Tuesday, March 30, 2010

A Lesson In Climate Skepticism: Courtesy of Marc Morano

What is it like to run a misinformation campaign based on inflammatory rhetoric and nonsensical political spin? If you pick up a copy of Esquire this week, you can find out. The magazine published a profile of prominent climate denier Marc Morano, a former employee of Rush Limbaugh and James Inhofe, who today devotes himself to a one-man climate denial show at ClimateDepot.com.

Esquire writer John H. Richardon describes the tactics of Morano and his ilk as "a style closer to puckish agitprop than journalism, which makes accuracy much less important than laughs." Tactics are designed to grab headlines, and keep reality at arm's length. For example: protesting at Copenhagen with signs that say "CO2 is Good" and hanging a banner on a Greenpeace vessel reading "Ship of Lies." Richardson explains:
If they can use the echo chamber to reach enough people, they can confuse them enough to change the narrative. It's asymmetrical warfare updated for the age of the Internet.
By dragging scientific debate down to the realm of sound bytes and visual stunts, climate skeptics have attempted to throw a wrench in the momentum of the climate movement.

Unfortunately for them, the momentum continues; climate legislation has already passed through the House of Representatives, and nations all over the globe continue to enhance their commitments to cutting greenhouse emissions.

In an unwittingly accurate analogy, Morano likened the "ClimateGate" scandal to the "Death Star." Yet we all know what happened at the end of Star Wars: the good guys prevailed, and the Death Star was blown to smitherines. Luckily for us, we have the force on our side.

Koch Industries Funds Far-Reaching Climate Denial Machine

The story sounds familiar: a huge US company dominated by oil and chemical interests is "plowing millions of dollars into campaigns to discredit climate science and clean energy policies." But if you thought ExxonMobil was bad, you haven't seen anything yet.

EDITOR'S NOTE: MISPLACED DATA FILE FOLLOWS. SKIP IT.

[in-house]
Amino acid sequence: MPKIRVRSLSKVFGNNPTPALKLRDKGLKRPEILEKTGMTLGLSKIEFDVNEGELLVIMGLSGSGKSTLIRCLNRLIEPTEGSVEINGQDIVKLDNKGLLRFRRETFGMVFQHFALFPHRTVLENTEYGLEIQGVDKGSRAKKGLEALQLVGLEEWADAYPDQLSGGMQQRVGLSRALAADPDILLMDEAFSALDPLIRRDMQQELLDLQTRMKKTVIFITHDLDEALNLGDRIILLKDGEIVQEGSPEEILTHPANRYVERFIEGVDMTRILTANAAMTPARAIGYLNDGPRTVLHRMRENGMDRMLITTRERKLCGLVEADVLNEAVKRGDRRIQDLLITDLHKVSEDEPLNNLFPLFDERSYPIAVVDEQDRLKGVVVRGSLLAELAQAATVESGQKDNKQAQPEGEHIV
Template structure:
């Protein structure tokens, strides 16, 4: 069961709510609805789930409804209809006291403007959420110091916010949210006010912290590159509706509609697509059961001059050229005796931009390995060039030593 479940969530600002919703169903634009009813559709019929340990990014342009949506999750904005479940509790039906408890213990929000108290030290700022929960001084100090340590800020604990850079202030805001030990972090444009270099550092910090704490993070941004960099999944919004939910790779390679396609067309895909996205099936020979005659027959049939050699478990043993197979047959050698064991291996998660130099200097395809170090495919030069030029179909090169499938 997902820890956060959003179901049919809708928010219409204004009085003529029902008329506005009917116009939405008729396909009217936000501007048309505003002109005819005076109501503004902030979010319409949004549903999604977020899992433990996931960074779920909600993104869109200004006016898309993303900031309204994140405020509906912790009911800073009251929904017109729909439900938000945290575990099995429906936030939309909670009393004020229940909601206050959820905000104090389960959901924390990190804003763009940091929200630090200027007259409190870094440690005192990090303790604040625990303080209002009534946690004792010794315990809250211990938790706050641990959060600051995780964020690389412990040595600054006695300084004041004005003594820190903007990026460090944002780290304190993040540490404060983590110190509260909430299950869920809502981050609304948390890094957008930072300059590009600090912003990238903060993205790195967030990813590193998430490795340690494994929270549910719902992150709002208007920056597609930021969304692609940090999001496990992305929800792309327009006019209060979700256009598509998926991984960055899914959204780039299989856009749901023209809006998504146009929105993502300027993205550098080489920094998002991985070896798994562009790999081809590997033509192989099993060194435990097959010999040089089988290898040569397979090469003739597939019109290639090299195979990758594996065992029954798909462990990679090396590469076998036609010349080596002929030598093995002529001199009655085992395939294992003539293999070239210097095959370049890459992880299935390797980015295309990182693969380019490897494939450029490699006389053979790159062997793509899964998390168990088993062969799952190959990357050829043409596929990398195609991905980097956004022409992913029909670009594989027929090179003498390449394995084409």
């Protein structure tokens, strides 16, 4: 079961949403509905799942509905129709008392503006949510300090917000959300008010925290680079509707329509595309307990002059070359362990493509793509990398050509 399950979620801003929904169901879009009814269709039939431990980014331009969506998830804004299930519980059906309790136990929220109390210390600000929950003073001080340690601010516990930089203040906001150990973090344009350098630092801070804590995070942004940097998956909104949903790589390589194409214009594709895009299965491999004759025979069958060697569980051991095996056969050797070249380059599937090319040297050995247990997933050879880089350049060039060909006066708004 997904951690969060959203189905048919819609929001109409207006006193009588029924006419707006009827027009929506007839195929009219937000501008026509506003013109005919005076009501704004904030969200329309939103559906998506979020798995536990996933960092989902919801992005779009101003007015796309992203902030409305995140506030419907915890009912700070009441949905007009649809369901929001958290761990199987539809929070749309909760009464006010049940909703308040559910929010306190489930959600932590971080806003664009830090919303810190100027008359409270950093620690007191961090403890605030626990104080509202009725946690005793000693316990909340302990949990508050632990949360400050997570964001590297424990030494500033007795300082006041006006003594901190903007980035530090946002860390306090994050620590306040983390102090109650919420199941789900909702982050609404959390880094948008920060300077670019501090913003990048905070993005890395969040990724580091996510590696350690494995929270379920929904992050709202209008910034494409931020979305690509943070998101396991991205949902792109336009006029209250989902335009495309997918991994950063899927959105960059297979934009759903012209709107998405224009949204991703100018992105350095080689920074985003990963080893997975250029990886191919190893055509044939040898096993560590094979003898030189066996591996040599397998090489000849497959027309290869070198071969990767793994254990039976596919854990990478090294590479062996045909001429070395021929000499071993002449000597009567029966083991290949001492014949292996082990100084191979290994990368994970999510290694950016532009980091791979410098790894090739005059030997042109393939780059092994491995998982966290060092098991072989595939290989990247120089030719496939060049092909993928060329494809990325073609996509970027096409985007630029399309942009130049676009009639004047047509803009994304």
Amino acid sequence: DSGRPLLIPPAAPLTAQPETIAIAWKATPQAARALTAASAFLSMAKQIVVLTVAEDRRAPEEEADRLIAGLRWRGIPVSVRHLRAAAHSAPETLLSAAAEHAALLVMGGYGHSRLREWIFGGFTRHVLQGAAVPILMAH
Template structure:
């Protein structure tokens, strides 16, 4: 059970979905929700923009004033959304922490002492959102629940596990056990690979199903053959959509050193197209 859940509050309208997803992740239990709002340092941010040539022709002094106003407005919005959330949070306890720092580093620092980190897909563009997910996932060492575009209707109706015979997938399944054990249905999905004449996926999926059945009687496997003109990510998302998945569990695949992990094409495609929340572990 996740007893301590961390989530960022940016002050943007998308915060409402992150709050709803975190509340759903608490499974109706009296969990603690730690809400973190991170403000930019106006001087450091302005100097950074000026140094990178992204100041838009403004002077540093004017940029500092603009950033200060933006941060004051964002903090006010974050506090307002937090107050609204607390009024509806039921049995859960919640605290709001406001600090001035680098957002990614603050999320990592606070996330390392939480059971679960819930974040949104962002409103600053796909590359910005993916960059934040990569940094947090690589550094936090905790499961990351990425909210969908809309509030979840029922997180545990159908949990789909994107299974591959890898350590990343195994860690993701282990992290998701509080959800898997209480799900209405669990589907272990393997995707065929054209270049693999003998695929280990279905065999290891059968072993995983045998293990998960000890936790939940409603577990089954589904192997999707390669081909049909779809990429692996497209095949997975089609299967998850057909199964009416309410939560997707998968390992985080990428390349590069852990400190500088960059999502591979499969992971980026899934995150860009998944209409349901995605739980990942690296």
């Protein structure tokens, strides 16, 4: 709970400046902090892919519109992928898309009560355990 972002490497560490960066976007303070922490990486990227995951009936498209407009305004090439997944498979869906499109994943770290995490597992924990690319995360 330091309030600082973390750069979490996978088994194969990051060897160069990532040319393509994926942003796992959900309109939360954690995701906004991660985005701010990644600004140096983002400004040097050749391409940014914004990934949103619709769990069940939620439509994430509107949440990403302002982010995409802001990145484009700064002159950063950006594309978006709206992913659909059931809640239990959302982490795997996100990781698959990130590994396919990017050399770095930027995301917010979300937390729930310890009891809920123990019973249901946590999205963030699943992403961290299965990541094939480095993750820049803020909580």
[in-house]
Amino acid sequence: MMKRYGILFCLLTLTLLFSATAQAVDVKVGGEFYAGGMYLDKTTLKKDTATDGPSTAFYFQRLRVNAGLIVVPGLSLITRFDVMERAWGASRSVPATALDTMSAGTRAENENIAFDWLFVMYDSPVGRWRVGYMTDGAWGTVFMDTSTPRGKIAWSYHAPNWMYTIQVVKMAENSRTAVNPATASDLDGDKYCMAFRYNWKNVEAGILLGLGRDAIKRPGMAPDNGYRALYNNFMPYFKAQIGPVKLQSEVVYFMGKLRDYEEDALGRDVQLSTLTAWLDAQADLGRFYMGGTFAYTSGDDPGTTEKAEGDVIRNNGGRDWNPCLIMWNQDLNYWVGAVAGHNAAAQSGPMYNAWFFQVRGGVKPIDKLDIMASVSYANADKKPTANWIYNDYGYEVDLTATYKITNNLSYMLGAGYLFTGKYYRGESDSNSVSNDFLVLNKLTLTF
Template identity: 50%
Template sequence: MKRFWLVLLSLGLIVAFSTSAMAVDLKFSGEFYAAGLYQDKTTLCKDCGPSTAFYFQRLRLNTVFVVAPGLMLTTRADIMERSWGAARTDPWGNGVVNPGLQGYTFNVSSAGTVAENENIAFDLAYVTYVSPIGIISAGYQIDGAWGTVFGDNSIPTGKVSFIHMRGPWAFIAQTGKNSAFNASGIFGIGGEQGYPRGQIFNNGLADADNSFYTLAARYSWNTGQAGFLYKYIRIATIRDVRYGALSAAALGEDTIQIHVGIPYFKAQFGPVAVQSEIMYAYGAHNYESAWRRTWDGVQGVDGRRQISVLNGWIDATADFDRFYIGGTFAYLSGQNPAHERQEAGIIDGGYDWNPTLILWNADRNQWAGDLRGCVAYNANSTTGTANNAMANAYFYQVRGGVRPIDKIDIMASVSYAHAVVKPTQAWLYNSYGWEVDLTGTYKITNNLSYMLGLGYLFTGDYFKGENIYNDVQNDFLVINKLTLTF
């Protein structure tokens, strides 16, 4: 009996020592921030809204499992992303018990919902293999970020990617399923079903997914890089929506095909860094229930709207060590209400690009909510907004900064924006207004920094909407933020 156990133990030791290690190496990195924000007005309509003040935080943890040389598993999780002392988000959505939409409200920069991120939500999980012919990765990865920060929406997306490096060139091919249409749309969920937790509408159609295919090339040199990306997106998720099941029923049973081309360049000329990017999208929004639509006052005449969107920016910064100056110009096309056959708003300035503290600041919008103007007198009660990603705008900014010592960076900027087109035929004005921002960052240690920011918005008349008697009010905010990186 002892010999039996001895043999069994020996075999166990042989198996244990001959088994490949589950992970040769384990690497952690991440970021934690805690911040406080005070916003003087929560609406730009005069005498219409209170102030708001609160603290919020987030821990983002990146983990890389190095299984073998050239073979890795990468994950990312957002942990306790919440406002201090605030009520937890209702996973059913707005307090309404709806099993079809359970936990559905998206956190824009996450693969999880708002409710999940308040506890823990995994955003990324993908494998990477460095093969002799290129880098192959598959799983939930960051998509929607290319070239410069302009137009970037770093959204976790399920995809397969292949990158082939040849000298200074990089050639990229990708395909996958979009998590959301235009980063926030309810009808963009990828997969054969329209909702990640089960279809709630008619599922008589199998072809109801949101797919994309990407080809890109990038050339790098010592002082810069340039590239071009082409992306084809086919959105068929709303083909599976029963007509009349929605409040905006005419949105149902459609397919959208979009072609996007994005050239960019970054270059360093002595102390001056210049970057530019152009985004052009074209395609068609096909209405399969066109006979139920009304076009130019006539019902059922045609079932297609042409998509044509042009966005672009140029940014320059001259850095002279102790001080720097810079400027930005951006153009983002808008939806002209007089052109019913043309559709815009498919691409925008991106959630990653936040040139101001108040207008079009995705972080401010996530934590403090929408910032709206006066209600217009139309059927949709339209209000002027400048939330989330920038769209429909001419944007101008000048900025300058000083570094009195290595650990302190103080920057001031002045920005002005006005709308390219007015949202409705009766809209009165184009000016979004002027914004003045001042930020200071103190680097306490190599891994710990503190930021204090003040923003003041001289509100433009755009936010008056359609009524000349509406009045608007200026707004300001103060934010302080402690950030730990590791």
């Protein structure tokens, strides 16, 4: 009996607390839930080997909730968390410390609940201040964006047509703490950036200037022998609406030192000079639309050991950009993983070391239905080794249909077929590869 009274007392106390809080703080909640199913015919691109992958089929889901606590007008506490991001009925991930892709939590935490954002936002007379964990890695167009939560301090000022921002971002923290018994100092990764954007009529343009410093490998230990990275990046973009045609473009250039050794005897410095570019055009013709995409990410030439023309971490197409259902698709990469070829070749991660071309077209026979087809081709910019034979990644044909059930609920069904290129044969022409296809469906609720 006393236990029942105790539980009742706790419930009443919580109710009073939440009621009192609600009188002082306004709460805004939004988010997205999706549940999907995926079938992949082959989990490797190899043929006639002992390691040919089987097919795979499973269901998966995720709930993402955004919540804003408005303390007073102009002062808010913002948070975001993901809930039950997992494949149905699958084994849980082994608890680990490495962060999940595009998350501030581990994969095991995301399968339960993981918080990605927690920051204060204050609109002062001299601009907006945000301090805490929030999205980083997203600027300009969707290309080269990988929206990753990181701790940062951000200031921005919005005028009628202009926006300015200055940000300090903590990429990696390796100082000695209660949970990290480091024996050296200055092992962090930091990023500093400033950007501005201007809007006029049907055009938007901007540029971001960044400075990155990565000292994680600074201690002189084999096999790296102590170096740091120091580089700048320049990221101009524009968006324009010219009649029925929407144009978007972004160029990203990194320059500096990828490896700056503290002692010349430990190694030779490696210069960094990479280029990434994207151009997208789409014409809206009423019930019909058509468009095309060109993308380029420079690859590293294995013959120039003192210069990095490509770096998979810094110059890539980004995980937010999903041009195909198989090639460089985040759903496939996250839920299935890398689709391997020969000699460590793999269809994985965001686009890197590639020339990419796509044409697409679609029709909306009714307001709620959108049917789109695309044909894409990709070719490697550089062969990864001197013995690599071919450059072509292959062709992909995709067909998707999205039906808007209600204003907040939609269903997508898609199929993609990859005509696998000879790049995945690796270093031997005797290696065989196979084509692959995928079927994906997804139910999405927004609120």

Koch Industries, the second-largest privately owned company in the United States, is one of the largest financial backers of the climate change denial industry. According to a new report by Greenpeace, the "biggest company you've never heard of" has funneled nearly $50 million since 1997 to groups like the Heritage Foundation and CATO Institute to fund misinformation campaigns about climate science.

The Koch brothers' deep pockets have far-reaching beneficiaries. Over five million dollars went to the group Americans for Prosperity, "which is campaigning to block the Environmental Protection Agency from regulating greenhouse gases." Another foundation established by Charles Koch funded a (now debunked) report that polar bears were not threatened by climate change.

Koch's PAC has also donated to some of the biggest Congressional names working to block limits on global warming pollution: "Dirty Air Act" author Lisa Murkowski, fellow "Dirty Air Act" supporter Blanche Lincoln, and climate-denial poster-boy James Inhofe. According to the report:
"The combination of foundation-funded front-groups, big lobbying budgets, political action campaign donations and direct campaign contributions makes Koch Industries and the Koch brothers among the most formidable obstacles to advancing clean energy and climate policy in the US."
And it's no coincidence that 20 of the most vocal groups surrounding the "Climategate scandal" were Koch-funded. But don't take our word for it; read the full report here.